Q. I have houseflies all over my lantana and roses! I find little black dots, which I guess to be eggs, on the leaves of those plants. I have sprayed with neem oil and Ortho Home Defense to get rid of them, but they keep coming. I don’t see damage to the plants, but I don’t want to have a fly breeding grounds in my garden. 
Flies are there for a reason. What do they need? Food and a place to breed. Flies usually indicate a manure problem and/or accessible food. Clean them up and the flies are gone.

A. Sounds like these flies are using your lantana and roses as a bordello. I don’t think the black spots are eggs. I think it is insect poop. Their poop from the sound of it.
            We will have to follow the KISS principle on this one. This means they are probably attracted to something to eat nearby such as dog food, animal poop, garbage cans, etc. Find the source of their food, control it and the flies will move on. That’s the only way I know to achieve long lasting, sustainable control. If you relied on sprays or traps it would be a never-ending battle.

Italian Cypress Gets Droopy from Watering Too Often

Q. I read your article in the newspaper regarding the effects on limbs from overwatering of Italian Cypress. I have 15 mature Cypress along a back wall. They are about 18 years old and 30 feet in height with 7 to 9-inch diameter trunks. They are watered 3 to 4 days a week in the summer, three cycles per day and 5 to 8 minutes per cycle. They each have three drip emitters with 10 gallons per hour. I’m afraid to change the watering cycle for fear the trees are used to more frequent watering.  I just don’t know.
When Italian Cypress has a droopy branches like this one, it is usually an indicator that it's getting watered too often. These are Mediterranean plants. They respond to water by growing more, similar to desert plants. When they grow more, this growth is frequently weak and can't support itself so it becomes "floppy". Notice this Italian Cypress is close to a lawn that requires frequent irrigation.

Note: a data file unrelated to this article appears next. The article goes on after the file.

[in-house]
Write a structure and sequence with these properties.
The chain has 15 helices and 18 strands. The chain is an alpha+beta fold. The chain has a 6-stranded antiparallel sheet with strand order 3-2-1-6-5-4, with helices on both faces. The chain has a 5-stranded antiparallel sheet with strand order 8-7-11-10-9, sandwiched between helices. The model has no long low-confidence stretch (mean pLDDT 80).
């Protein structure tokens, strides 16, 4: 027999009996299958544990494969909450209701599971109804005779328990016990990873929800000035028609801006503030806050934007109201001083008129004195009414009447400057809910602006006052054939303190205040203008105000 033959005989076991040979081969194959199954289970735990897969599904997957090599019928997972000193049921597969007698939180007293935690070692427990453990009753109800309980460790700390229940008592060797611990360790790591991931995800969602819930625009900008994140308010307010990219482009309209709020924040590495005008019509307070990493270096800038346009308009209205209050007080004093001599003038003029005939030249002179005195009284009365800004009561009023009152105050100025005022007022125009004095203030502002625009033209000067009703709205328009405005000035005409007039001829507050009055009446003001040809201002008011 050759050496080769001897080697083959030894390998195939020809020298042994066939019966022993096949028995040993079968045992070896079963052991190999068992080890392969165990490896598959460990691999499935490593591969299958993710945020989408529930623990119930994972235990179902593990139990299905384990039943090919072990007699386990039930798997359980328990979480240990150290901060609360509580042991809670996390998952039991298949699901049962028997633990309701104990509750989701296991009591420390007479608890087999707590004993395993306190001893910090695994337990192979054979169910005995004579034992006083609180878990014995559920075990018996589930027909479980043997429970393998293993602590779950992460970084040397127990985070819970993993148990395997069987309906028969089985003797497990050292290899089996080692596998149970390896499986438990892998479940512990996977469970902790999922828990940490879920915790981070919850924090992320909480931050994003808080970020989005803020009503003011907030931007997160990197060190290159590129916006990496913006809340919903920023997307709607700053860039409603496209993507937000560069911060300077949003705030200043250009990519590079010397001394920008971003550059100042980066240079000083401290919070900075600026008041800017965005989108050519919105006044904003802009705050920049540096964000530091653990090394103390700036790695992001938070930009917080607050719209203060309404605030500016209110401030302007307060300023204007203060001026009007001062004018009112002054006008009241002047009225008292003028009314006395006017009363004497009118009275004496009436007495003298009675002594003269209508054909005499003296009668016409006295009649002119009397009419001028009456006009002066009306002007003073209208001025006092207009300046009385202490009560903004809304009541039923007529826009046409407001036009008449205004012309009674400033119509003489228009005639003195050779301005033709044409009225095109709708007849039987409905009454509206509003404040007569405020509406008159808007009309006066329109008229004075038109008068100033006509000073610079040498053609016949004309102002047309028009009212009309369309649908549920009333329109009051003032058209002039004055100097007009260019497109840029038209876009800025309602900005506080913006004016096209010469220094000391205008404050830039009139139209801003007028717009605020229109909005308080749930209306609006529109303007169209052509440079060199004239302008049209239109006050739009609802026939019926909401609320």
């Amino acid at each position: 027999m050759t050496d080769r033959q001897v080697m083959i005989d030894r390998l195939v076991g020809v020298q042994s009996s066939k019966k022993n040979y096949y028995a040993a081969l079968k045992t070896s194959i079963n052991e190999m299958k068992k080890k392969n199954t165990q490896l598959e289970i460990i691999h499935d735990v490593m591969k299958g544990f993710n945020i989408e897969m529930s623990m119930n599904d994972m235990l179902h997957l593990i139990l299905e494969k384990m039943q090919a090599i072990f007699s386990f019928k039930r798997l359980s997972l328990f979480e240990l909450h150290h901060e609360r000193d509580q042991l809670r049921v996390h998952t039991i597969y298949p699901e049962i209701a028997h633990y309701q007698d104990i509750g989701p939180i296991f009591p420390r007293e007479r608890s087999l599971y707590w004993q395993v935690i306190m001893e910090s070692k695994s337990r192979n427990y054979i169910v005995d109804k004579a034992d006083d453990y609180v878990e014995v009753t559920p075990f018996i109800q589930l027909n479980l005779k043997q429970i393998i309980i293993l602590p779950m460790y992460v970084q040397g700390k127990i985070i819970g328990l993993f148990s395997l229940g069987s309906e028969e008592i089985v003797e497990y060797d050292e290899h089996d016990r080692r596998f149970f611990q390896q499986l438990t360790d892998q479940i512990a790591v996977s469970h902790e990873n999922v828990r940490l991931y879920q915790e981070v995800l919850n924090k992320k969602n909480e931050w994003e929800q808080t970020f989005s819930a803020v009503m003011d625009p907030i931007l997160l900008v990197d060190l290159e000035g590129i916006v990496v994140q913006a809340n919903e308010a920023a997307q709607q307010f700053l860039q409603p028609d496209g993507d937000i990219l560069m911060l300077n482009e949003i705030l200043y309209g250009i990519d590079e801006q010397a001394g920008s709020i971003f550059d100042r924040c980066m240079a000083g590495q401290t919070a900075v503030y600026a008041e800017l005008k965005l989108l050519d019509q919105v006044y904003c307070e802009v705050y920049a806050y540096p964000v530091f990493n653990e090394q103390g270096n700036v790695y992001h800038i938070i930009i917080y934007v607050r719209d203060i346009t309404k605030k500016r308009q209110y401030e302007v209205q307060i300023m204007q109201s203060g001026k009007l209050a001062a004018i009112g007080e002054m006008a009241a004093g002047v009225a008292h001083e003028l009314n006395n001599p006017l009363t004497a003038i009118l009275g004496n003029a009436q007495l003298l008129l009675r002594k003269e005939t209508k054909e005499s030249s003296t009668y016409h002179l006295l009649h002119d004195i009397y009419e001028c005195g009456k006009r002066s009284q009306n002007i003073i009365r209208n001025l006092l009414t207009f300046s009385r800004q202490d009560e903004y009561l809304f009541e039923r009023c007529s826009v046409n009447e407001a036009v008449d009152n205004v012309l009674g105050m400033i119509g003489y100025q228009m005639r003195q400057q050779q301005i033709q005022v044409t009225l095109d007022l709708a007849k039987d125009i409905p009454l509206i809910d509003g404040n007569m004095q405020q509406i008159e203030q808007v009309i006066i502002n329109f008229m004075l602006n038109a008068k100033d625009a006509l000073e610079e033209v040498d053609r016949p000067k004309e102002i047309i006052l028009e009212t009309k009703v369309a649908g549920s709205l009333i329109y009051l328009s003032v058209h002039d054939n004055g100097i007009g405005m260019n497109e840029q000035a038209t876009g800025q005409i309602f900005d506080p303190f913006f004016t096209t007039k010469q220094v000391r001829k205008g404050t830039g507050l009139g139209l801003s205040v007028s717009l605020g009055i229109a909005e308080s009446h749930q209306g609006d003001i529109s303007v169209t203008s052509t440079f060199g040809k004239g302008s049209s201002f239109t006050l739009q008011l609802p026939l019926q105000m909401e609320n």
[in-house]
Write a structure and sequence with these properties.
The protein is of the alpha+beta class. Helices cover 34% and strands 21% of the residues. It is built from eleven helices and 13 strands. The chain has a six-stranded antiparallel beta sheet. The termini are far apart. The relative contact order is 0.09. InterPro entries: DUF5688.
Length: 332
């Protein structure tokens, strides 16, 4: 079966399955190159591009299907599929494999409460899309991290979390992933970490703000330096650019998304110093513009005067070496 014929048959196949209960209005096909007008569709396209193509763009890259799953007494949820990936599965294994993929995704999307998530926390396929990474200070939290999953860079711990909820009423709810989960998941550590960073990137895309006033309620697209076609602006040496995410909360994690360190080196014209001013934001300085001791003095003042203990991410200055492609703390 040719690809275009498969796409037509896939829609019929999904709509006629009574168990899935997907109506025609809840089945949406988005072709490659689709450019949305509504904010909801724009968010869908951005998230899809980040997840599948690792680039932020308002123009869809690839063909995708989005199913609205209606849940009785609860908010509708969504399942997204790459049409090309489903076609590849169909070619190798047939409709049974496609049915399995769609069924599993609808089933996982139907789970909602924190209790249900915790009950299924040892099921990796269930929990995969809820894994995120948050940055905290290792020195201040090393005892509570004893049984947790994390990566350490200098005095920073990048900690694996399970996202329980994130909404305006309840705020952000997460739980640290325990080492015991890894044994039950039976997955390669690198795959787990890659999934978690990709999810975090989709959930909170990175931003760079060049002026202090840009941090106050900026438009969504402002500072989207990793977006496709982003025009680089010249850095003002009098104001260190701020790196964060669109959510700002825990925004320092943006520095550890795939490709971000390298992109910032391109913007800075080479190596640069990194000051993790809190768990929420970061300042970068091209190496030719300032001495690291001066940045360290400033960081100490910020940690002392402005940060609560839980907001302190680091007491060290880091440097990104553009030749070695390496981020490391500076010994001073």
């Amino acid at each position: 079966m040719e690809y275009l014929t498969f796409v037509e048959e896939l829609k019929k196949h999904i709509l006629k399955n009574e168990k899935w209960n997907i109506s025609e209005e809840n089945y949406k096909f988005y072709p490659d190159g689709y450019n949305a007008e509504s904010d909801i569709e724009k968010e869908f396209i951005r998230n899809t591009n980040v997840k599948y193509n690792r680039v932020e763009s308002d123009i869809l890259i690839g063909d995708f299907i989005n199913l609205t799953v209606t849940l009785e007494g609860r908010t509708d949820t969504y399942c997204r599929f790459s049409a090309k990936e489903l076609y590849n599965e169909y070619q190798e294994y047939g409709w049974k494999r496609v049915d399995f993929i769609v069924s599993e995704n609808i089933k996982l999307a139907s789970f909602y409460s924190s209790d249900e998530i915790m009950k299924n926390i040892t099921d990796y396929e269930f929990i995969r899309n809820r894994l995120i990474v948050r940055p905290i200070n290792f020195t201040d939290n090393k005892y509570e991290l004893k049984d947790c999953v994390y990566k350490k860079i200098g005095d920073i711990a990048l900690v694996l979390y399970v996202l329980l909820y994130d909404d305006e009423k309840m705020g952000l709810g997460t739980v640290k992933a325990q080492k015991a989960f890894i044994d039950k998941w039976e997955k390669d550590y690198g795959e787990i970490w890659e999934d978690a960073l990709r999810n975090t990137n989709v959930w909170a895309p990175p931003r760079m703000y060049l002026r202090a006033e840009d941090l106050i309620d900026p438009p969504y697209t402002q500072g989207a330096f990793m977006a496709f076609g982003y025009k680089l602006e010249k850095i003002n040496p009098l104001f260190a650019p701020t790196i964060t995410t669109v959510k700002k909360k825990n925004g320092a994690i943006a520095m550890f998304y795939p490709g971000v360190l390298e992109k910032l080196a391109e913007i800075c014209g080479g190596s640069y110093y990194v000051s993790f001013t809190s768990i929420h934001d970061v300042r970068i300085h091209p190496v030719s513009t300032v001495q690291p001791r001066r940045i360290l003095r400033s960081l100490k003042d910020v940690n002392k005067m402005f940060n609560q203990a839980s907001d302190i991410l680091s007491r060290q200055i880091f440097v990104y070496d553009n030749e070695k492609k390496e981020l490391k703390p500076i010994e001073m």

A. Don’t argue with success if there are no problems. If the trees are healthy and you are happy with their appearance I would not change anything. Tree roots adjust to the location and number of emitters that are used. Once you begin changing this it requires the tree to adapt to the change.
            You are right. If you do change the watering pattern, do it in increments and don’t do it all at once. Do it gradually.
Italian Cypress should grow upright without floppy branches. It helps if they are surrounded by dry soil. Dry soil "pulls" water from the wet areas and helps them to dry out faster.

            But you should be aware of several things about watering trees. First, it is best if trees are watered less often but with more water. I think a saving grace for you is that you give one day of “rest”, without water, between irrigations. This gives the soil a chance to drain and the roots a chance to “breathe”.
            If soils around the roots of Italian Cypress are kept constantly wet, the tree can grow very rapidly. This is good, and this is bad. If Italian Cypress grows very rapidly then the limbs can become very long and weak. Limbs may begin to droop and not give the tree its characteristic rocket like shape.
            Secondly, the roots will grow near the surface of the soil, shallow, because they can’t get a good mixture of air and water to grow deeper. The soil is too wet. This may not help the tree anchor itself in the soil during strong winds. It might blow over easier. Perhaps the saving grace in all this has been a lack of applied fertilizer. I’m not sure.